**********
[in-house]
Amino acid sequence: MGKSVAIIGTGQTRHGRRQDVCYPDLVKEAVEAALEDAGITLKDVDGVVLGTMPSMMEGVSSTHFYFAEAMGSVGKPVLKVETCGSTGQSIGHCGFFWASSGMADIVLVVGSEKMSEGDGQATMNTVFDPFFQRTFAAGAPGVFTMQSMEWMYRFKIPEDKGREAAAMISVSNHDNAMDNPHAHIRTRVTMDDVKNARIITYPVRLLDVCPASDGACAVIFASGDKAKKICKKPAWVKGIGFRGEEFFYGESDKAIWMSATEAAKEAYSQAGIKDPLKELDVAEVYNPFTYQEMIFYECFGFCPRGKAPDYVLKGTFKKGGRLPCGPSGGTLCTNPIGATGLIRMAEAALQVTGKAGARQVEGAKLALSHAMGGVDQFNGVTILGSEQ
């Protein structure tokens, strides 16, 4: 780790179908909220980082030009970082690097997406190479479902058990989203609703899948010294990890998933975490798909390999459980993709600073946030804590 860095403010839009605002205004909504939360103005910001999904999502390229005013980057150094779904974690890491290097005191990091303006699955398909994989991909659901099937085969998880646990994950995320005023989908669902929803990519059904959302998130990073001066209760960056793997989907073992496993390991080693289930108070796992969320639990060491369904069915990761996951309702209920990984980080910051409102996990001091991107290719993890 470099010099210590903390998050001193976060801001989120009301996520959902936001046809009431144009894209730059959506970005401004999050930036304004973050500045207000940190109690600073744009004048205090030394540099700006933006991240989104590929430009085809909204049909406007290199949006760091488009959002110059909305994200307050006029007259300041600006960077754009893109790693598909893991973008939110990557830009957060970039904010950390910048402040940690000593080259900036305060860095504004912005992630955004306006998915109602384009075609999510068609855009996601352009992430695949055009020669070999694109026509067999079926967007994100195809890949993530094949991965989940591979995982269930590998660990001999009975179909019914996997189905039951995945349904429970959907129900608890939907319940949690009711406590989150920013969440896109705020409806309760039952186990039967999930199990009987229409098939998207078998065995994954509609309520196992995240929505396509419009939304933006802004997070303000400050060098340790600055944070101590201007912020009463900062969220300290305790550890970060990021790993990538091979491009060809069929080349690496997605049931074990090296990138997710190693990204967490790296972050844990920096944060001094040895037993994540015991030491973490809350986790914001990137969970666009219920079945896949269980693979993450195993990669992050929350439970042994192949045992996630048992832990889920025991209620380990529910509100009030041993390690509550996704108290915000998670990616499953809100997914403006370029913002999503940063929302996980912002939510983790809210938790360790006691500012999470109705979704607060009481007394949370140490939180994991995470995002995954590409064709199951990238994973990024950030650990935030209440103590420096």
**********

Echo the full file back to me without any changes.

[in-house]
Amino acid sequence: MGKSVAIIGTGQTRHGRRQDVCYPDLVKEAVEAALEDAGITLKDVDGVVLGTMPSMMEGVSSTHFYFAEAMGSVGKPVLKVETCGSTGQSIGHCGFFWASSGMADIVLVVGSEKMSEGDGQATMNTVFDPFFQRTFAAGAPGVFTMQSMEWMYRFKIPEDKGREAAAMISVSNHDNAMDNPHAHIRTRVTMDDVKNARIITYPVRLLDVCPASDGACAVIFASGDKAKKICKKPAWVKGIGFRGEEFFYGESDKAIWMSATEAAKEAYSQAGIKDPLKELDVAEVYNPFTYQEMIFYECFGFCPRGKAPDYVLKGTFKKGGRLPCGPSGGTLCTNPIGATGLIRMAEAALQVTGKAGARQVEGAKLALSHAMGGVDQFNGVTILGSEQ
């Protein structure tokens, strides 16, 4: 780790179908909220980082030009970082690097997406190479479902058990989203609703899948010294990890998933975490798909390999459980993709600073946030804590 860095403010839009605002205004909504939360103005910001999904999502390229005013980057150094779904974690890491290097005191990091303006699955398909994989991909659901099937085969998880646990994950995320005023989908669902929803990519059904959302998130990073001066209760960056793997989907073992496993390991080693289930108070796992969320639990060491369904069915990761996951309702209920990984980080910051409102996990001091991107290719993890 470099010099210590903390998050001193976060801001989120009301996520959902936001046809009431144009894209730059959506970005401004999050930036304004973050500045207000940190109690600073744009004048205090030394540099700006933006991240989104590929430009085809909204049909406007290199949006760091488009959002110059909305994200307050006029007259300041600006960077754009893109790693598909893991973008939110990557830009957060970039904010950390910048402040940690000593080259900036305060860095504004912005992630955004306006998915109602384009075609999510068609855009996601352009992430695949055009020669070999694109026509067999079926967007994100195809890949993530094949991965989940591979995982269930590998660990001999009975179909019914996997189905039951995945349904429970959907129900608890939907319940949690009711406590989150920013969440896109705020409806309760039952186990039967999930199990009987229409098939998207078998065995994954509609309520196992995240929505396509419009939304933006802004997070303000400050060098340790600055944070101590201007912020009463900062969220300290305790550890970060990021790993990538091979491009060809069929080349690496997605049931074990090296990138997710190693990204967490790296972050844990920096944060001094040895037993994540015991030491973490809350986790914001990137969970666009219920079945896949269980693979993450195993990669992050929350439970042994192949045992996630048992832990889920025991209620380990529910509100009030041993390690509550996704108290915000998670990616499953809100997914403006370029913002999503940063929302996980912002939510983790809210938790360790006691500012999470109705979704607060009481007394949370140490939180994991995470995002995954590409064709199951990238994973990024950030650990935030209440103590420096």